Hobak Hotteok (Sweet Stuffed Pumpkin Pancakes)

Hotteok

I have a sweet treat to share with you today! A delicious hotteok (or hoddeok) recipe! Hotteok is a popular street snack in Korea. It’s basically a pan-fried yeast dough stuffed with a brown sugar and nut filling. Eaten hot off the griddle on the street, hotteok is especially popular on cold days.

It also reminds me of my trip to Korea in late October two years ago. My parents had traveled over there to get home country care for my mother’s illness. Soon after, I followed them to help them out. One day, after having stayed at the hospital all night, I decided to go to Insadong for a little break. Strolling around, I ran into a hotteok stand with a long line of people. It got me curious, and before I knew it I was in line. I later learned that this place, called Teolbone (Beard man’s) Hotteok, was very famous for their signature glutinous rice and corn hotteok. Although it was not the traditional hotteok that I grew up with, it was quite delicious! It certainly warmed up my soul when I was tired and weary on an unusually cold October day.

When I returned home, I experimented with different ingredients and ratios to recreate it. However, that is not the recipe I am sharing here today. Because it’s pumpkin season, I’ve tweaked it a little to make pumpkin hotteok. After a couple of trials, I was very happy with how these came out. They are chewy, gooey and nutty!

(Insadong Teolbone Hotteok – Oct. 2009)

Makes 8 – 10
Ingredients
:
1 package Active Dry yeast (2-1/4 teaspoons)
1/3 cup warm water
2 tablespoons sugar
1 tablespoon canola or corn oil

1/2 cup warm milk
1/2 cup warm kabocha or pumpkin puree (either fresh* or canned)
(*See my hobakjuk recipe.)

1-3/4 cups all purpose flour
3/4 cup glutinous rice powder (aka sweet rice)
1 teaspoon salt

canola or corn oil for pan frying

Filling:
1/4 cup sugar
1/4 cup brown sugar
1 teaspoon cinnamon powder
3 tablespoons of assorted nuts (peanuts, walnuts, almonds, pine nuts, etc.), finely chopped
1/2 teaspoon vanilla extract

Warm a large bowl by rinsing it with warm water. Add 1/3 cup of warm water to the bowl. Stir in the sugar, oil and yeast. Let it sit for about 10 minutes until the yeast has bubbled up.

 

Sift the flour, glutinous rice powder, and salt together. Add the milk, pumpkin and flour mix to the yeast water. Knead until everything is well incorporated. The dough will be a little sticky.

 

Cover with plastic wrap. Place it in a warm place and let it rise until doubled, about an hour.

 

 

Prepare the filling by chopping the nuts and mixing all the filling ingredients well.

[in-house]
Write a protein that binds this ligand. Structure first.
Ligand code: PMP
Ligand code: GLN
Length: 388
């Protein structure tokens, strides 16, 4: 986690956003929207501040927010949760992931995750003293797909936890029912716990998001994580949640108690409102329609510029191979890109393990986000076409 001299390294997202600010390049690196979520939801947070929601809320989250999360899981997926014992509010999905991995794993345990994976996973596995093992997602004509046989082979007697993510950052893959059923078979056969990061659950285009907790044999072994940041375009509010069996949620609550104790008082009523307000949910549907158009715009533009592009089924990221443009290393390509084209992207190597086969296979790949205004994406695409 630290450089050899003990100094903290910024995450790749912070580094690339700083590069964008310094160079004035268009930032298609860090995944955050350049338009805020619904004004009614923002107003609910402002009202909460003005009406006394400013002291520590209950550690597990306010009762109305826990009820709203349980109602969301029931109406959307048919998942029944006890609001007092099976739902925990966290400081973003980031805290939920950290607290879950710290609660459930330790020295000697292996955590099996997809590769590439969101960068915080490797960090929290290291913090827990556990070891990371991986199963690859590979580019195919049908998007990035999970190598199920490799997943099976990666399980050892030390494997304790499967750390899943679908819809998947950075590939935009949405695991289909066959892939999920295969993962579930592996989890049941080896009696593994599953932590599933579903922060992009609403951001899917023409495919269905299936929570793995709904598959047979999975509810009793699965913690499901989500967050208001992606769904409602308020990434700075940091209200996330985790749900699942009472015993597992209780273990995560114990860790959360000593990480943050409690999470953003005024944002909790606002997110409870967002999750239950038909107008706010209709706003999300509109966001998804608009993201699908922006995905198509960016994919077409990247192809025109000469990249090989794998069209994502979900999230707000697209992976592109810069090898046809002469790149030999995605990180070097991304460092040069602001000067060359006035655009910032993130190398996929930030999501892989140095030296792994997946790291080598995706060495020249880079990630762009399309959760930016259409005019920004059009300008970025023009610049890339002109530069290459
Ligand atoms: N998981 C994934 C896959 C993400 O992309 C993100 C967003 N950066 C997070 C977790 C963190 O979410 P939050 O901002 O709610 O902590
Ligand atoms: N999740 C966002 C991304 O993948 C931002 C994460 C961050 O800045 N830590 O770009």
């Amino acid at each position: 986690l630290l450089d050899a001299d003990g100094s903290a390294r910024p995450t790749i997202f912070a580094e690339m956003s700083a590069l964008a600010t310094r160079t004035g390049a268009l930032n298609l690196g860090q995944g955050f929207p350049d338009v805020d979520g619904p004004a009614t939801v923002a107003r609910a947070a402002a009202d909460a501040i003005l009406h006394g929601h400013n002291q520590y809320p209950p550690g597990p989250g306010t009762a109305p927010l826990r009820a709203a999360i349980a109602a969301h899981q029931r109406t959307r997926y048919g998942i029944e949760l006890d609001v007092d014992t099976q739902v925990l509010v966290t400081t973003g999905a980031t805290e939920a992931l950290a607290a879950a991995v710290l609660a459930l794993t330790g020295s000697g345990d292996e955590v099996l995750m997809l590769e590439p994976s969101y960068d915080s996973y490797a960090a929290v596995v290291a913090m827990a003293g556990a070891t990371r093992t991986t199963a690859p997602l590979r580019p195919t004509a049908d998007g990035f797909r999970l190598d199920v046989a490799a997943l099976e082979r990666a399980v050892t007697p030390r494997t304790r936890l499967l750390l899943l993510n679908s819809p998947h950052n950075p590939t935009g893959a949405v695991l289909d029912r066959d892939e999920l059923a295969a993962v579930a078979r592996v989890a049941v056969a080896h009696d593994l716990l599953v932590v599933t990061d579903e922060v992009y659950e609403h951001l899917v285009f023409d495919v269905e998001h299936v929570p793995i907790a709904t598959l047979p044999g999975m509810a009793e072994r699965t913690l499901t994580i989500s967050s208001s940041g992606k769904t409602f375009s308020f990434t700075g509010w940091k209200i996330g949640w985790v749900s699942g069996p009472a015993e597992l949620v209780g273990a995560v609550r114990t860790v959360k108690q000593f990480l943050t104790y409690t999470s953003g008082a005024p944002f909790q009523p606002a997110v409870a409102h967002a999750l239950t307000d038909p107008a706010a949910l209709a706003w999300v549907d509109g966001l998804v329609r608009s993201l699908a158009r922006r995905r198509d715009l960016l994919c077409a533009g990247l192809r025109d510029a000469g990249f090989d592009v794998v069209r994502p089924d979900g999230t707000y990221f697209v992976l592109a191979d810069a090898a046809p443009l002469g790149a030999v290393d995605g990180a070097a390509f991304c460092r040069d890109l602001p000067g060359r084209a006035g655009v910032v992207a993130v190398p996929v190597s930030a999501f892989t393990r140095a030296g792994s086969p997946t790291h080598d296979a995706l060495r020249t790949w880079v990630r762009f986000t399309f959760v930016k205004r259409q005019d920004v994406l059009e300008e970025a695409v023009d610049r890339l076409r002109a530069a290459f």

Bring the dough down by reshaping into a round. Let it sit for another 20 – 30 minutes until doubled again.

 

 

Start heating a pan with a couple of tablespoons of oil over medium heat. Lightly oil your hands. Tear a big enough piece to make an about 2 to 2-1/2-inch ball. Flatten into a thick disk, creating a shallow well in the middle. Add a tablespoon of the filling and lightly press it down with the spoon.

 
Carefully gather the edges together, pinching to seal. (This might take some practice.)

 

 

Put the sealed side down on the pan, flattening a little by pressing it down with an oiled hand or spatula. Cook for a minute, and then flip over. Press down for a few seconds to flatten. Cook until both sides are golden brown. Repeat the process with the remaining dough.

 

(Hotteok freezes well. You can reheat them in a toaster or toaster oven and enjoy delicious hotteok any time.)

Leave a Comment

*

Comments

  1. Yum! This recipe looks so delicious and perfect for the upcoming holiday season. I just love your blog....i look forward to your new posts all the time. :)
  2. Oh my GOSH! I used to eat these ALL THE TIME in Korea! I'm not a big pumpkin fan though... Can I ask how you make them regularly?
  3. Wow this street sweet looks so delicious! We used to have more street food in Japan but I barely see one anymore. I love how you used pumpkins for this. Hope your mom is okay now. :-)
  4. Guess what I found yesterday? A hotteok press! I couldn't believe my eyes when I saw that in a Korean miscellaneous store here in KL. I was going to make hotteok tomorrow but I guess you beat me this time, ha ha! Can't wait to use my precious hotteok press to make fabulous Korean hottek. Love pumpkin version, too.
  5. these look so good, I'm going to try making them so! Thanks for the inspiration and the recipe.

    If I can't buy sweet rice flour, (actually I don't know what this is), can I just use ground rice? I could make my own, in my Thermomix. But is there a preferred rice, glutinous rice perhaps??